Freedom, flexibility, and low touring costs are key among the un-quantifiable reasons for loving campervans. Their popularity has grown immensely because they eliminate the need for towing and offer more security for you and your belongings.
Compared to tents, they guarantee better protection from external elements. Nonetheless, campervans can prove unpractical if the design and features are not suitable to your needs. Choosing the right vehicle is paramount to the success of your venture. Ensure that the classic van picked features the desired height, layout, and size. The van's engine size should be sufficient to pull your laden campervan.
Also to consider while planning for your campervan conversion is your budgetary figure. You should outline all the gadgets and facilities you would want in your campervan in order of priority before construction works begin. By doing so, you will easily confine yourself to the allocated budget and still achieve your goals.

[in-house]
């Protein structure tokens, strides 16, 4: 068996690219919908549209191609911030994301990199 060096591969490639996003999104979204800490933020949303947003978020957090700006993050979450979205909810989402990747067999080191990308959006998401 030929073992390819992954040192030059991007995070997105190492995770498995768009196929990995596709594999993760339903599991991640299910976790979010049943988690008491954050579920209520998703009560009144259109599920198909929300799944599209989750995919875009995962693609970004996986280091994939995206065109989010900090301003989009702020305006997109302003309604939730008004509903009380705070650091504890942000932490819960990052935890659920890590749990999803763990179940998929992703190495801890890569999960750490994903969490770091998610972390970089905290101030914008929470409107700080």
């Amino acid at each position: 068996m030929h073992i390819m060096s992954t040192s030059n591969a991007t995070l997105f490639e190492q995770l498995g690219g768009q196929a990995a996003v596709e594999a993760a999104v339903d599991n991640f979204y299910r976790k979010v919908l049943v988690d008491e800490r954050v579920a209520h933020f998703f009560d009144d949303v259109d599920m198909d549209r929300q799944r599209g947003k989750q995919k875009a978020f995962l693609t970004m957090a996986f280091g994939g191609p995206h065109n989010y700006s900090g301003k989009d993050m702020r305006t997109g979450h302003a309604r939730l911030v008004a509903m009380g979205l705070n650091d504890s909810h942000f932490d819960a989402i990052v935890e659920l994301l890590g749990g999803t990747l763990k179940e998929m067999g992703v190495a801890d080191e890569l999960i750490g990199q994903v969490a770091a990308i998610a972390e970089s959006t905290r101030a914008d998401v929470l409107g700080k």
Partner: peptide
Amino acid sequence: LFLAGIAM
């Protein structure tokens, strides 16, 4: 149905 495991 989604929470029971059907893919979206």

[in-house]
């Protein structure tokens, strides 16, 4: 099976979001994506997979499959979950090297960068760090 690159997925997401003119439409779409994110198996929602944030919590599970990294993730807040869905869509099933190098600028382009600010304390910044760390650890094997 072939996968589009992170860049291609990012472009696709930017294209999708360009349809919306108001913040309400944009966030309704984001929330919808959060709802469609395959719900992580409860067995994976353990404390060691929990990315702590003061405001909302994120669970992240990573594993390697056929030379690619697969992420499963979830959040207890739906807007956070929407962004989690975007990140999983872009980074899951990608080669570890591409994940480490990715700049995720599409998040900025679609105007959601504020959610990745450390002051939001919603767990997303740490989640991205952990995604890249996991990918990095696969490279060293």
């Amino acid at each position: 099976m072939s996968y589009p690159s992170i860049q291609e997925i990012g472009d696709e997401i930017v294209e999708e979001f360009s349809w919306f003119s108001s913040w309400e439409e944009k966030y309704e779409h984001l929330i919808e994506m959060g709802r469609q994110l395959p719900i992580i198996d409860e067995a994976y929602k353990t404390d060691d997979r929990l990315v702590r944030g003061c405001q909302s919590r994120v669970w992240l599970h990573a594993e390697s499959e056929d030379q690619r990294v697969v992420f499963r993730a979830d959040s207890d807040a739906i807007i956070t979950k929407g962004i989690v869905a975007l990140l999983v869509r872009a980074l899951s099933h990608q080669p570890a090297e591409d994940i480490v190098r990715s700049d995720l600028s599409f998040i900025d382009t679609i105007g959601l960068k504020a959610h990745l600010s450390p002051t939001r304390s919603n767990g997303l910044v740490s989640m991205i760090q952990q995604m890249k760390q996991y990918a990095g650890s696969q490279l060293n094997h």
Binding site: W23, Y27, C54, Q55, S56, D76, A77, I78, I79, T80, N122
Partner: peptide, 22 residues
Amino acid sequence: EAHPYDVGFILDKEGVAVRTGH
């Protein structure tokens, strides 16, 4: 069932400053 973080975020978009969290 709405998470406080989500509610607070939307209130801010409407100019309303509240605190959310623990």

It is essential that you acquire the necessary tools, most of which can be bought either online or from your nearest hardware store. We assume that you possess some basic DIY knowledge and can spare enough time to complete your conversion on schedule.
Assuming that your classic van is no different from most, then you are likely to encounter rusty spots. Replacing rusty panels is the only sure way to get permanently rid of rust. Unfortunately, this method can be expensive so you may opt for the next best thing – removing as much rust as possible and then using filler to repair the body work. Deal with any dents or body damage at this point. Or if you can't, try a Netbet promo code.
Depending on the overall state of the bodywork, you might may opt either for a full or partial respray. Repainting can be an expensive affair but there are great products in the market, such as Rustoleum, that will do as fine a job as costlier ones.